Colonel John William Hogge, C.B., C.I.E.

Author: Deirdre and Alastair Duff
Date published: 15/03/2020


Soldier of The Queen

Colonel John William Hogge, C.B., C.I.E., was born into an Army family on 18th August 1852 in Dum Dum, India, the son of Colonel C. Hogge, C.B., Royal Artillery.  Colonel Hogge’s career is typical of a British Officer serving in India during the height of Empire.  He obtained his commission as Lieutenant in the 41st Foor in September 1871 and after 4 years’ service exchanged in to the 83rd Foot on 18th December 1875, serving in India.  After some months he obtained a commission as Lieutenant Probationer ibn the Bengal Staff Corps in October 1876

He first saw action in the Afghan War of 1878, when he was present at the capture of the fortress of Ali Masjiod.  This was followed by the Mahsood Wuzeeree Expedition of 1881. He was promoted Captain, Indian Staff Corps, in September 1883 and took part in the Hazara Expedition of 1888.  Promoted to Major in September 1891 he was appointed Commander of the Indian Empire in January 1894.  Further action followed in the Waziristan Frontier Expedition of 1897.  He was promoted Lieutenant Colonel in September 1897 and was awarded the Brevet rank of Colonel,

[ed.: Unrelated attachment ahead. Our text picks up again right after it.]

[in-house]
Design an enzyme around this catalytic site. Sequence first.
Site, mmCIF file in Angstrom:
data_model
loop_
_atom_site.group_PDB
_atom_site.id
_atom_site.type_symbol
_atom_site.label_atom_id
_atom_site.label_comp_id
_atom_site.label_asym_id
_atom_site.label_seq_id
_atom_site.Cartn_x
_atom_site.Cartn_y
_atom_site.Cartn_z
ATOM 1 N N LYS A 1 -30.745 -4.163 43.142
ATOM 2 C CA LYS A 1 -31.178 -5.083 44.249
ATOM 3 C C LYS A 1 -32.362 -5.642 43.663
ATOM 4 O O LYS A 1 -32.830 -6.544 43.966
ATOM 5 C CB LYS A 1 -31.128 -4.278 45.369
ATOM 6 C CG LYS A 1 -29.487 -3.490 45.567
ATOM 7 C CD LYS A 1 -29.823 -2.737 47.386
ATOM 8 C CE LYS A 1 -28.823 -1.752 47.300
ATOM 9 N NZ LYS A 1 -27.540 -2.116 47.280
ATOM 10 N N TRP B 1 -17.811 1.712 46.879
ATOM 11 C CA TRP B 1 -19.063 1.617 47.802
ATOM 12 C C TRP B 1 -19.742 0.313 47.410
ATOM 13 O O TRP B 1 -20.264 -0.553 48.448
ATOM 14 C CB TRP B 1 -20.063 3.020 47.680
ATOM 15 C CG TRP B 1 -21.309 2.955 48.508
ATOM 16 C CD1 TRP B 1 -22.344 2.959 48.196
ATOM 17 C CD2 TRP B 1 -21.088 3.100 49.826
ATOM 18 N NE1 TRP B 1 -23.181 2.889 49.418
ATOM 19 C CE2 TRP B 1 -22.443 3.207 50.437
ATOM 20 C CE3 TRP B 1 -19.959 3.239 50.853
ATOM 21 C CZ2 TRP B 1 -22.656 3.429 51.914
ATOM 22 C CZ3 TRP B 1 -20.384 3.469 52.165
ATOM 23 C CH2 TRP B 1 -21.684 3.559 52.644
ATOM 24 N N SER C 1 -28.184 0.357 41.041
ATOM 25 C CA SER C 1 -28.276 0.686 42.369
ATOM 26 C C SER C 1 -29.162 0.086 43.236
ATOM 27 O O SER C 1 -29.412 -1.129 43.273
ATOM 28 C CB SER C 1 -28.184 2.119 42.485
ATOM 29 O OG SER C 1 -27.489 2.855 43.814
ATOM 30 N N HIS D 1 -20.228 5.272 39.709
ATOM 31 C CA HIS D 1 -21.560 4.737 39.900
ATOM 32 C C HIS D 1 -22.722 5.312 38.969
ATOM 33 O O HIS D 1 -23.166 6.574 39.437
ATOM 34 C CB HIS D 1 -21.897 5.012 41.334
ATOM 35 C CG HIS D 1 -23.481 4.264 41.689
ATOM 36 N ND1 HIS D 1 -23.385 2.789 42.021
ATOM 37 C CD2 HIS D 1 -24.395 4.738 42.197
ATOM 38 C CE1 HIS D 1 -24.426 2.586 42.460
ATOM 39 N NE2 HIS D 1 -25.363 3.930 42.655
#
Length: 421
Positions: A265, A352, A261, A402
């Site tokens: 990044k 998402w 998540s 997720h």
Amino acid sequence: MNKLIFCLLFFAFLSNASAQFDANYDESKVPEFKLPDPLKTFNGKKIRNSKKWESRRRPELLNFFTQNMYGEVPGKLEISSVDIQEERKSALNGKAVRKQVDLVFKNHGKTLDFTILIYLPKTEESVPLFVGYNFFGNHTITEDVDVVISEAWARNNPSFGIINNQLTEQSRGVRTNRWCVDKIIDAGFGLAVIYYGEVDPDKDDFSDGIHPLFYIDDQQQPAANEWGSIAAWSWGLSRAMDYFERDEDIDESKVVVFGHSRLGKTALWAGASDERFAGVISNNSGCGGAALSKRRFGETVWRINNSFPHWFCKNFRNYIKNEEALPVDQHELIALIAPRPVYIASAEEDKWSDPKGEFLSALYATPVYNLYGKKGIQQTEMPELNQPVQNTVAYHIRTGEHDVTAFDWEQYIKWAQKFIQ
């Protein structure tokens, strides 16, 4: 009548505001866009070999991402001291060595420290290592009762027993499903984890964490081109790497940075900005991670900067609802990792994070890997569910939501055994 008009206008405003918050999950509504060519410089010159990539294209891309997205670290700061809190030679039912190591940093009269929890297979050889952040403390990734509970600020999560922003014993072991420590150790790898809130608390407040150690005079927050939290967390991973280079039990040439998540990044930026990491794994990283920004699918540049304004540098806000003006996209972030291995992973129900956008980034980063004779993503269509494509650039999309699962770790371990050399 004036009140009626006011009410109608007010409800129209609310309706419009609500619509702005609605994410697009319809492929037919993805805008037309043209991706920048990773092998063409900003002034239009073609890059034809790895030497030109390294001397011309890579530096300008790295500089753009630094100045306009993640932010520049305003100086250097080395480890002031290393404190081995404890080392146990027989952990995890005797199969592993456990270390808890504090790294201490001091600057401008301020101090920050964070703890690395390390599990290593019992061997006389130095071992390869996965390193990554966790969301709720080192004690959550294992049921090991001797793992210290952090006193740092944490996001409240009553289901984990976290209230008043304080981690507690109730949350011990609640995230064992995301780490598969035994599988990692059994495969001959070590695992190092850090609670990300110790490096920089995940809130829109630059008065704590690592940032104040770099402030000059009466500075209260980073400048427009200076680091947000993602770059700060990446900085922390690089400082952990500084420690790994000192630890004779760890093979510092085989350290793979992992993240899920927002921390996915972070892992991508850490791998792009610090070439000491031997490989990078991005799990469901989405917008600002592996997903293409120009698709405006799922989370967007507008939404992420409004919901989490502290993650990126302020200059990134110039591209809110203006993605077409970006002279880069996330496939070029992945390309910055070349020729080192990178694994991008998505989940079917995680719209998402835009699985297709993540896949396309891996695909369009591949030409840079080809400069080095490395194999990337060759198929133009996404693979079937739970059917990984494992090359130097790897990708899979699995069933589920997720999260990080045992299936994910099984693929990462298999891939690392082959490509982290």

As Lt.Col.he was appointed to command the 14th Sikhs, then based in Nowshera, India.  On the outbreak of the Boxer Rebellion in 1900 troops were despatched from India to join the International Relief Column and the 14th Sikhs left Nowshera by train on 7th July for Bombay and embarkation for China.  But due to an outbreak of cholera in the Regiment their departure was delayed until August.  They disembarked at Shanghai and remained there until April 1901.  Promoted to Colonel in September 1901, for reasons which are still being researched he shortly thereafter sent in his papers, retired from the active list and returned to England.  In 1905 he was appointed a Companion of the Order of the Bath and in 1906 moved t Newbury, and lived in “Tentfield”, Wash Common.  In August 1909 he was transferred to the unemployed supernumerary list.  He died aged 57 years on 1st April 1910 and he was buried on 4th April.

The Newbury Weekly News’ obituary dated 7th April 1910 records “During his retirement Colonel Hogge led a useful life visiting those of his poorer neighbours who were sick, administering to their necessities and seeking to convey where acceptable consolations of religion.  Colonel Hogge himself was accustomed to conduct public services, and he showed a rare gift in exposition of Scripture, His illness was short and the news of his death brought sadness into many a humble home.  He was laid to rest in Newbury Cemetery on Monday afternoon.  Friends near and far gathered around the grave of one whose humility and gentleness was so much in accord with his Divine Master, whose spirit was reflected in his character and life.  Sincere sympathy is felt for the widow and daughters in their irreparable loss”


1851 – 1910

Colonel John William Hogge

1852 – n1910

In Loving Memory of Col.John William Hogge, C.B. C.I.E.

Late of 14th Sikhs

Died April 12th 1910 aged 57

Thou makest Him glad with joy in his Presence. Thou has made him most blessed Forever” Psalm 21.6  

Sources:as above

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